Wikipedia has reignited the debate surrounding the introduction of a fair use exception to copyright infringement in Australia.
The online encyclopaedia has introduced banners on its website that encourage Australians to lobby their MPs to replace the existing fair dealing provisions in the Copyright Act.
The introduction of fair use would change the way Australians interact with copyright works and in some cases may relieve businesses from having to negotiate licences to use copyright works.
Australia currently has fixed categories of exceptions to infringement which can allow people to use copyright works without the authorisation of the copyright owner. The categories of exceptions that are recognised under fair dealing allow the use of copyright works for the purposes of research/study, criticism/review, parody, reporting news and professional advice.
In contrast to these fixed fair dealing categories, the regime promoted by Wikipedia would allow businesses and individuals to avoid infringement where it would be fair to use the work in a particular set of circumstances.
Fair use was also recommended by the Productivity Commission’s 2016 report into Australia’s Intellectual Property Arrangements as a vehicle through which to enable Australian copyright law to encourage innovation and investment in new technologies.
Fair use not free use
Since the campaign for the adoption of fair use began to gain traction in Australia in the late 1990s, the debate around its introduction has often become emotionally charged as legislators are forced to weigh the value of rights given to creators against the costs paid by users of copyright works. This has often muddied the quality of information available to the general public regarding the proposed changes.
Wikipedia’s campaign has been criticised for stating that they are currently only able to avoid copyright infringement in Australia by hosting their site in the United States. In particular, Wikipedia may be liable for copyright infringement where Australians access the site and images are electronically transmitted to them – irrespective of where the site is hosted.
These views are symptomatic of a range of misconceptions regarding fair use that typically conflate the reform of existing exceptions to infringement with increased access to copyright works in Australia.
Don’t get your hopes up – fair use is not a golden ticket to download season seven of Game of Thrones.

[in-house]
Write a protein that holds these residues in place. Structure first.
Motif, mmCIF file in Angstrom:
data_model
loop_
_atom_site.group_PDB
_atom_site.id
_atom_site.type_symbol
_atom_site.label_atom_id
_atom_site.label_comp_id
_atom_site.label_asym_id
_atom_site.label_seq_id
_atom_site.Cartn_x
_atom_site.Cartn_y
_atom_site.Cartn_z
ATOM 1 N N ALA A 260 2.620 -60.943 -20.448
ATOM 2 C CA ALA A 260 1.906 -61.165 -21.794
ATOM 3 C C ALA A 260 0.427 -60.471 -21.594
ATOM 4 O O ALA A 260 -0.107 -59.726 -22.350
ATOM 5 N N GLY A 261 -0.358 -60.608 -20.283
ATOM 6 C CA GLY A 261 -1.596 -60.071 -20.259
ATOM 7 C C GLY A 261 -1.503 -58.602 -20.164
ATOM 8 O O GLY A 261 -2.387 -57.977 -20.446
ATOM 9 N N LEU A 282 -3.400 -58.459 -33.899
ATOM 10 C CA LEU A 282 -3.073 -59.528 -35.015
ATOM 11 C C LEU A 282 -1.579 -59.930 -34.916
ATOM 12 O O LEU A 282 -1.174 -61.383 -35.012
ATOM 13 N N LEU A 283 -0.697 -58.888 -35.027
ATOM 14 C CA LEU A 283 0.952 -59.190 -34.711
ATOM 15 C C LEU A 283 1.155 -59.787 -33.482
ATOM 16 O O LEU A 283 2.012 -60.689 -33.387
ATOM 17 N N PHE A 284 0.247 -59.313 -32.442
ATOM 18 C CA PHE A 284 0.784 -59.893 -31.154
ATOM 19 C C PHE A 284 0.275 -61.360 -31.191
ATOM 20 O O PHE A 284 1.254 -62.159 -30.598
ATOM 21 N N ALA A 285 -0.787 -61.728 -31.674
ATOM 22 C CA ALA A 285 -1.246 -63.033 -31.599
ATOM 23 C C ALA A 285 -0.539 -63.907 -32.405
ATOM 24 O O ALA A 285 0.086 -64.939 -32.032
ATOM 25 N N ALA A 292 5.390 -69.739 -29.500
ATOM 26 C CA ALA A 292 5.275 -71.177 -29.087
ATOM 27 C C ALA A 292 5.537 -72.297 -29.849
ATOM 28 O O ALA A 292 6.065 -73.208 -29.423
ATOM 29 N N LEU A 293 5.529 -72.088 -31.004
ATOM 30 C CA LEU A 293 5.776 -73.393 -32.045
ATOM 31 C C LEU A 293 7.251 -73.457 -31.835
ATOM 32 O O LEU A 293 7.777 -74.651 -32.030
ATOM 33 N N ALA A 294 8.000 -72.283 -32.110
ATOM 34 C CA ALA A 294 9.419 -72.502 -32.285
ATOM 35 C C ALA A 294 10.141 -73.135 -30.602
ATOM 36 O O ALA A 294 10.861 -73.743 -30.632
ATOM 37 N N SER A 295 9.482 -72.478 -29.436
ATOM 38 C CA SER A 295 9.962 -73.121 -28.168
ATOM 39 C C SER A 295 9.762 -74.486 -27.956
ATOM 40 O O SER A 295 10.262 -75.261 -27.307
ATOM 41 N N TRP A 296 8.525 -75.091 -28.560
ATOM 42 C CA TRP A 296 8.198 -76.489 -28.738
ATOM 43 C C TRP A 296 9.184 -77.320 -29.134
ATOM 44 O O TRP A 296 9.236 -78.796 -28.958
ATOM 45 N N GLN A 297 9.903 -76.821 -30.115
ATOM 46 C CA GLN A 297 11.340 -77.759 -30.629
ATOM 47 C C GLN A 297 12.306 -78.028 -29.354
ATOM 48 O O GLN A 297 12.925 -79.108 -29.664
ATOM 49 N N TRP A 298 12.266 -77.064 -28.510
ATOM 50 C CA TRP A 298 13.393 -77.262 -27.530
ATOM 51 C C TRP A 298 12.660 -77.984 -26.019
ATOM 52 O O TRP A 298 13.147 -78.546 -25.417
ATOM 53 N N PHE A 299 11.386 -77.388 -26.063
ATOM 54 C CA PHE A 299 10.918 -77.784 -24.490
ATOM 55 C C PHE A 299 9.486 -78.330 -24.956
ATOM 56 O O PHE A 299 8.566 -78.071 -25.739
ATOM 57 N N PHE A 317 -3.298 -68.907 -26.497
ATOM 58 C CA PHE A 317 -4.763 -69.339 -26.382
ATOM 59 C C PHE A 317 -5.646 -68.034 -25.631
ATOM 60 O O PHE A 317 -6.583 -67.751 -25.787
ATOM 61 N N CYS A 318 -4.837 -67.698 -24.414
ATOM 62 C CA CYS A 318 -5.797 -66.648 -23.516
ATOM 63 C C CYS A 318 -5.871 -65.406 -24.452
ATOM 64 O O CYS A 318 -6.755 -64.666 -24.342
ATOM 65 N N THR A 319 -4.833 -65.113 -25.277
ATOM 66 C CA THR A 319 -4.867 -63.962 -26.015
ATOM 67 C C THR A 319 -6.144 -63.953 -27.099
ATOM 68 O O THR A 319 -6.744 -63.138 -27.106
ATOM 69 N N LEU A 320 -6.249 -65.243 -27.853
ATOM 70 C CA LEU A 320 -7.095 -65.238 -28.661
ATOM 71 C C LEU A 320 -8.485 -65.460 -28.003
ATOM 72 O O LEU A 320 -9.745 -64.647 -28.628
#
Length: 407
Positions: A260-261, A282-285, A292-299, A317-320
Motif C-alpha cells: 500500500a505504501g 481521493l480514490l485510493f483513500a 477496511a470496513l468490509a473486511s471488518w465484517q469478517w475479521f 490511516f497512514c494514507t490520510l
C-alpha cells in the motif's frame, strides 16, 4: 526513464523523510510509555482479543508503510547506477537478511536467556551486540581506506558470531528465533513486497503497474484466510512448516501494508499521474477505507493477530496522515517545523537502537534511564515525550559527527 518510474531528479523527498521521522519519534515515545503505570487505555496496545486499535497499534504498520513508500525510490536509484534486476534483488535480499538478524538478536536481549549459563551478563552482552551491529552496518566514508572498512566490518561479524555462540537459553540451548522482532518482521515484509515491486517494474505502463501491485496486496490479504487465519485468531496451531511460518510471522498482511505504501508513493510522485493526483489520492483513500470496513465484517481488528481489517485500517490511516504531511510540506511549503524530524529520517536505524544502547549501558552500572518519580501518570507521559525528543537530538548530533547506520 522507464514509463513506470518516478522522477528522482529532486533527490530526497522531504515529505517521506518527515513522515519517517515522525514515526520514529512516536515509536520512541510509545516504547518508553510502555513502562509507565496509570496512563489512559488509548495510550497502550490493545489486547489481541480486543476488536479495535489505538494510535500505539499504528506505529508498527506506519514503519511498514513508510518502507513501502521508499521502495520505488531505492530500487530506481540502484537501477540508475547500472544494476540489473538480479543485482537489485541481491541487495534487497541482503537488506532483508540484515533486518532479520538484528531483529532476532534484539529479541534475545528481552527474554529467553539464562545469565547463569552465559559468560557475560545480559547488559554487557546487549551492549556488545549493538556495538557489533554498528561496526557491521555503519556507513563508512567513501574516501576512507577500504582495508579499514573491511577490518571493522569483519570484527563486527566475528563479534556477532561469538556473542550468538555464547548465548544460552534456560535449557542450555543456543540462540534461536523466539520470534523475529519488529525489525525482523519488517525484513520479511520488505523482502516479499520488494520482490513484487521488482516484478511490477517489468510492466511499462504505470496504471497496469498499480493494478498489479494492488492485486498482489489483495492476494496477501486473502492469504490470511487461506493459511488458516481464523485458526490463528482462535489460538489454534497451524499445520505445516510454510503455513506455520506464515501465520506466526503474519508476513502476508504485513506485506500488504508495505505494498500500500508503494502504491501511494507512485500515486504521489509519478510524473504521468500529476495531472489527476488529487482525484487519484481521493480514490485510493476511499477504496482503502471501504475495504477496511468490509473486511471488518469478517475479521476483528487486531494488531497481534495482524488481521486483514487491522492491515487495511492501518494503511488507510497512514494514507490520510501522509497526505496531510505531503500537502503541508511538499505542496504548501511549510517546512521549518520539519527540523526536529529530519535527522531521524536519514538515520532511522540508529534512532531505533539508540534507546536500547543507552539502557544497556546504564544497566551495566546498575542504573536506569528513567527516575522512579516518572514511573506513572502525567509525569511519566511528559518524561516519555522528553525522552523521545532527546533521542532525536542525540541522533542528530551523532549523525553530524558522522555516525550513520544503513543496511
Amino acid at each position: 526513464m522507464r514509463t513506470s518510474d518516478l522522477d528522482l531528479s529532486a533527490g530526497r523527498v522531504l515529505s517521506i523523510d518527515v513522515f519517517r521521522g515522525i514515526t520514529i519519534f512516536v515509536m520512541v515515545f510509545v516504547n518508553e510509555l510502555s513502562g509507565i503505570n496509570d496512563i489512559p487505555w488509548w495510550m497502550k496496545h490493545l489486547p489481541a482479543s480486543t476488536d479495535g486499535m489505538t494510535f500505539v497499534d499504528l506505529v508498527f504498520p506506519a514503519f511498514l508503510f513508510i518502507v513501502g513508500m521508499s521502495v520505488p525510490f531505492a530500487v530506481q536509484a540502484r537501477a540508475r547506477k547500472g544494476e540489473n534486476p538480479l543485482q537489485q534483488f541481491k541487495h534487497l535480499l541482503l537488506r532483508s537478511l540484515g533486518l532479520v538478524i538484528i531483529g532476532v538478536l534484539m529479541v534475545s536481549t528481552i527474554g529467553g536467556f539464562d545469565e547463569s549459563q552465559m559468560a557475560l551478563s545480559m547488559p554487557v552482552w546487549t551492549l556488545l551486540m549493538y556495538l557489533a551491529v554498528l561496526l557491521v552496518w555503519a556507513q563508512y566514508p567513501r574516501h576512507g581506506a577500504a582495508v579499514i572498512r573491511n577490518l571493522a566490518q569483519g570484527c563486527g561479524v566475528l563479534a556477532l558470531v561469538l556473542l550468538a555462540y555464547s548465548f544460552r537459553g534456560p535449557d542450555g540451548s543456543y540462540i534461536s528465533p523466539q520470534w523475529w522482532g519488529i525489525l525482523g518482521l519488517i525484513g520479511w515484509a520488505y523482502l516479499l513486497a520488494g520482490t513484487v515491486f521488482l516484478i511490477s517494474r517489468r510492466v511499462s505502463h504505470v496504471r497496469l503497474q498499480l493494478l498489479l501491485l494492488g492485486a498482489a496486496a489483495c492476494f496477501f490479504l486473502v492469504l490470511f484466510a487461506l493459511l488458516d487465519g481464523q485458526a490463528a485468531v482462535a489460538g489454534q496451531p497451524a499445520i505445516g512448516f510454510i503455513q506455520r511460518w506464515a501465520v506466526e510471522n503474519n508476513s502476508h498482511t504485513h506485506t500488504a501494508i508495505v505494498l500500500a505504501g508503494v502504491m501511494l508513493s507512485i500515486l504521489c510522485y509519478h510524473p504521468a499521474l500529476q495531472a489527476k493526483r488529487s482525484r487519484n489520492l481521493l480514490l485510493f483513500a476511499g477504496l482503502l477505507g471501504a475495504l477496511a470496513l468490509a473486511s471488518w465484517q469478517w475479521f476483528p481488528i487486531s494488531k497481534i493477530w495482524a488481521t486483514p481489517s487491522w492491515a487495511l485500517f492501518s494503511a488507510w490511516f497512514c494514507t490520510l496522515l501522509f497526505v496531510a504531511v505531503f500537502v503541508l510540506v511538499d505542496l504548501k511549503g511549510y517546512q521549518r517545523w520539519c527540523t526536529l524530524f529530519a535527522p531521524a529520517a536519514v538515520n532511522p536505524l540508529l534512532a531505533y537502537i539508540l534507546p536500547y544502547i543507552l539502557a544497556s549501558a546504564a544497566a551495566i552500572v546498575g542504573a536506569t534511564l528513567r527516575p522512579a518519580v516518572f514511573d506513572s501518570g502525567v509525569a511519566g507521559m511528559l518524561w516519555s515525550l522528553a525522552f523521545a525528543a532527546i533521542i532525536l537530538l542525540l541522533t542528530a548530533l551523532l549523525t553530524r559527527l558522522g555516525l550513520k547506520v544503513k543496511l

The hunt for Australian unicorns
Proponents of the introduction of a fair use exception in Australia point to the relatively greater success of tech start-ups in the US and argue that the growth of these companies has been fostered by the existence of a fair use exception.
Technologies that have been found to fall within the American fair use exception typically make a transformative use of copyright works in a context other than the historical market for the work. For example, in order to develop Google Books, Google scanned over 20 million books in order to produce unauthorised copies that users could search and then view snippets of text from before purchasing books online.
In 2016 the US Supreme Court refused an appeal against an earlier finding that the Google Books project constituted fair use of the copyright works contained in the books and that the digitised copies did not infringe the authors’ copyright.
While the existence of a fair use exception may not be the sole factor behind the strength of US tech start-ups, it could play a role in encouraging investment in emerging technologies which would otherwise be susceptible to allegations of copyright infringement.
An encyclopaedic solution?
Fair use may assist in providing a technology neutral and flexible method for dealing with exceptions to copyright infringement. However, it won’t allow businesses to ignore copyright when it is convenient to do so.
If the proposed changes are introduced, the issue of whether the use of a particular copyright work is fair will need to be determined by considering the nature of the work and the circumstances surrounding its use.
As most of us already know, Wikipedia can provide a useful starting point but it’s rarely a definitive authority on any issue.
Any informed debate on fair use needs to start with an understanding of the existing rights given to copyright owners before considering exceptions to the enforcement of these rights.